If you shoot very short exposures, it is sometimes possible to avoid the need for guiding altogether.

I am assuming you are or will be using a telescope for imaging, but perhaps you are just using a camera with a lens of relatively short focal length (50-150mm) ?

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Dithering, in case the term isn't clear, is displacing the optical train by a few pixels' worth every so often, so the same pattern of photons isn't falling on exactly the same spots on the sensor for frame after frame. That can lead to noise artifacts ("walking noise" is commonly called out).

It's frequently and conveniently used in conjunction with autoguiding because this is exactly what an autoguider does -- repoint the optics by a tiny bit (a fraction of a pixel) to compensate for mount imperfections or whatever during the exposure. The same software and hardware can be used between exposures to repoint by some number of pixels in a random direction, so that the resulting frames don't quite all line up and the noise artifacts are vanquished. Stacking software has to be able to align images anyway (frame-to-frame pointing is never perfect to begin with), so it's easy for it to deal with dithered images.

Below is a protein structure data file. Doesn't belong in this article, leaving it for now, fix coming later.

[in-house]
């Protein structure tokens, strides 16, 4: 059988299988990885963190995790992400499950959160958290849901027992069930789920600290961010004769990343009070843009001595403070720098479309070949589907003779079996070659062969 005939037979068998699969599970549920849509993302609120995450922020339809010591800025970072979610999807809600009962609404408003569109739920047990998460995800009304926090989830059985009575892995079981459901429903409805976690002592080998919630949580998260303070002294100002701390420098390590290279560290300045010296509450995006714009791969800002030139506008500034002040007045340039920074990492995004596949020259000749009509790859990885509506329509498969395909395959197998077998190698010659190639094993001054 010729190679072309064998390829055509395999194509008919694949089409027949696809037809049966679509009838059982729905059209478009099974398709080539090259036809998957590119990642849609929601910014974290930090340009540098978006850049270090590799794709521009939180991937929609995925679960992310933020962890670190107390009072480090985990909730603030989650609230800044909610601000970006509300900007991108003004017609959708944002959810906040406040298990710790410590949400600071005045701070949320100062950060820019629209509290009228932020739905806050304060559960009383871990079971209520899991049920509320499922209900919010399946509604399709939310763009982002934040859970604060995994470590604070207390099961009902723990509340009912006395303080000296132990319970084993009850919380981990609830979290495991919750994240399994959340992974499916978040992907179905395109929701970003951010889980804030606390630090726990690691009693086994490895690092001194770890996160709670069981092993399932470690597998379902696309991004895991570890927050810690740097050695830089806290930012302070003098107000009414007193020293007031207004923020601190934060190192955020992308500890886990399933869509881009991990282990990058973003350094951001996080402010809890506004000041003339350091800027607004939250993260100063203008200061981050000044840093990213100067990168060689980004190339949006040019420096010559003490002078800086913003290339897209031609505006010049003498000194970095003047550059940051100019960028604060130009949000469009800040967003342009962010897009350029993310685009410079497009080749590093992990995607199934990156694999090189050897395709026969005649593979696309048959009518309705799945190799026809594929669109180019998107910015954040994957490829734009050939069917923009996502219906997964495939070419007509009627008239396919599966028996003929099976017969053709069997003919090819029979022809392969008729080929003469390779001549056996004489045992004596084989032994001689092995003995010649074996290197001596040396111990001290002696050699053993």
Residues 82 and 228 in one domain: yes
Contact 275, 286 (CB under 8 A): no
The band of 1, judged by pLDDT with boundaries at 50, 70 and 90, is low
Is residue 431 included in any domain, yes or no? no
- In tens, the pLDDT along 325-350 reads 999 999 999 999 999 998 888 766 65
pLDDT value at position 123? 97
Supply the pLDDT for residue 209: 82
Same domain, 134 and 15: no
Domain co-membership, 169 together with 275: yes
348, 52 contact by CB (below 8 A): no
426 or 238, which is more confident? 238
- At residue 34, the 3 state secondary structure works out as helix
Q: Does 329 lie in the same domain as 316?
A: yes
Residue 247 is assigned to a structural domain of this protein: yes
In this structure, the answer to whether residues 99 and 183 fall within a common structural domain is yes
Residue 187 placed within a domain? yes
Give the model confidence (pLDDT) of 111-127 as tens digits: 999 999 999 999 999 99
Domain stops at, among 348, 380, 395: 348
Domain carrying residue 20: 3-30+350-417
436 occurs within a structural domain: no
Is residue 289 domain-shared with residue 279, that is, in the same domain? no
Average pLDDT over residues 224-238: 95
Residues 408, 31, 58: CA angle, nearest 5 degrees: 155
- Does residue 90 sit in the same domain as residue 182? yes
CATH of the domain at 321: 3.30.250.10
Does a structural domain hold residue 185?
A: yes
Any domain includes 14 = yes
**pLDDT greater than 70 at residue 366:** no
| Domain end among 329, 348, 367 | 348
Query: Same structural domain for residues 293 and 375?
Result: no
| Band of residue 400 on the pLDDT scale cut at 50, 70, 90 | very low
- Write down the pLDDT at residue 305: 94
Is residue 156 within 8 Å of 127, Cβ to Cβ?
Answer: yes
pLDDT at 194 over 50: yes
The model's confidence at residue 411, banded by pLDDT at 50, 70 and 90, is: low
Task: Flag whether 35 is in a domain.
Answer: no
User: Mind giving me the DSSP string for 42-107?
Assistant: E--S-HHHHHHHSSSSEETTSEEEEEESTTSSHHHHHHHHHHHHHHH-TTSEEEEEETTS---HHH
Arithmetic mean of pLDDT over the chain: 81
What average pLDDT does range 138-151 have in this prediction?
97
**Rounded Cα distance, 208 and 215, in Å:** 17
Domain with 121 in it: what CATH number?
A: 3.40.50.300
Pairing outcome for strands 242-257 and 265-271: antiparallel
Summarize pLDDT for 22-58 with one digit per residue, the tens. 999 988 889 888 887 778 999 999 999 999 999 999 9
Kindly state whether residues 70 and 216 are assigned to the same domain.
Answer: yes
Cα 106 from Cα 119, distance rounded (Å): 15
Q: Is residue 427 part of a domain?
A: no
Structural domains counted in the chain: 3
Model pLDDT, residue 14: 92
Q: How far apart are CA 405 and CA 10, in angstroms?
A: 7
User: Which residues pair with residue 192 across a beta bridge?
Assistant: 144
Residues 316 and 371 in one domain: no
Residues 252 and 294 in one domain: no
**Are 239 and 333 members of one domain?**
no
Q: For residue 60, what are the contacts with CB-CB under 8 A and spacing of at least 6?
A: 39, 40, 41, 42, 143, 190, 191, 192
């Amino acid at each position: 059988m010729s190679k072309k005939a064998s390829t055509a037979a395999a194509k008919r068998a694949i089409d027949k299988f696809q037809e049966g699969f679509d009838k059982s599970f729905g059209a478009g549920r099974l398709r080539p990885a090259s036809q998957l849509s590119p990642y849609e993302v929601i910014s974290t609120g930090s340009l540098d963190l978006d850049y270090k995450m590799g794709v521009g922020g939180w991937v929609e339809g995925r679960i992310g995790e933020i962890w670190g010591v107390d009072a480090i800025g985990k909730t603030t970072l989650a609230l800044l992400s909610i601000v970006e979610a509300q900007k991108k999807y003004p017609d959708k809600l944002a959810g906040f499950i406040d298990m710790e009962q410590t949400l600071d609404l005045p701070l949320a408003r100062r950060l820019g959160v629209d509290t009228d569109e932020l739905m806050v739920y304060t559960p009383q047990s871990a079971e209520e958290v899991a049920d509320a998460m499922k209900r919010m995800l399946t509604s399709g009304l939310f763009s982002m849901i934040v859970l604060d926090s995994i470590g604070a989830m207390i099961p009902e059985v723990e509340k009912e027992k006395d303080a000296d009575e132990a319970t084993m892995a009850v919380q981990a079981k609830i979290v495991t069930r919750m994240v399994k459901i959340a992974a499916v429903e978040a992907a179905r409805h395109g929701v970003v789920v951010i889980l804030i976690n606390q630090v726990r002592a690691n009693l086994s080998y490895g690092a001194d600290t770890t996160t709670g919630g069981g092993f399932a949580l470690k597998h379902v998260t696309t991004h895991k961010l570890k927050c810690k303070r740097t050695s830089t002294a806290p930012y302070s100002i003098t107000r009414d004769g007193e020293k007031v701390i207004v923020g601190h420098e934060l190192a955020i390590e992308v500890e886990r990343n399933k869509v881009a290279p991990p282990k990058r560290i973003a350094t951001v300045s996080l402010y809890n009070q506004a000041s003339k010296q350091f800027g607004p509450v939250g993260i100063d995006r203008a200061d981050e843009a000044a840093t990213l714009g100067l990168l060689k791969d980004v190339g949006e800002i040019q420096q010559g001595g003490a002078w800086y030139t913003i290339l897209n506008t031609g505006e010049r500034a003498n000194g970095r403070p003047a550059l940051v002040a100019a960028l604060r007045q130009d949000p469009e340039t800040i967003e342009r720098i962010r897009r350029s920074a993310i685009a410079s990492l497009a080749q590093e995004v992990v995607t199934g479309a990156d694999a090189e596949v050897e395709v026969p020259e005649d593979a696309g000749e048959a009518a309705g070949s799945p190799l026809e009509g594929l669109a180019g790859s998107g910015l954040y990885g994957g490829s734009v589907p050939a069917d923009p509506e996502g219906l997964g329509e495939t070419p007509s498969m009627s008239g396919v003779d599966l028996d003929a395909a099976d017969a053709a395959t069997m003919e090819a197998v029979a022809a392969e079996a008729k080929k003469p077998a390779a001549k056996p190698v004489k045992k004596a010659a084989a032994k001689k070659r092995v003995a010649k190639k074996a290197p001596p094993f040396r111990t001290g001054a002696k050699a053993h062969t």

It can be done manually by changing where the optics are pointing by a little bit between frames, whether that be via a mount's hand controller (mildly tedious) or by changing a ballhead's position by a fraction (SUPER tedious).

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Thanks all. :)

I was just wondering whether dithering - as in, changing the optical train, as you say - was something I should be doing given I'm not guiding and if so, whether that would be a hardware (camera/scope/mount) or software setting.

I'm going to leave dithering for another time. This was really about calibration and I'm happier with that now.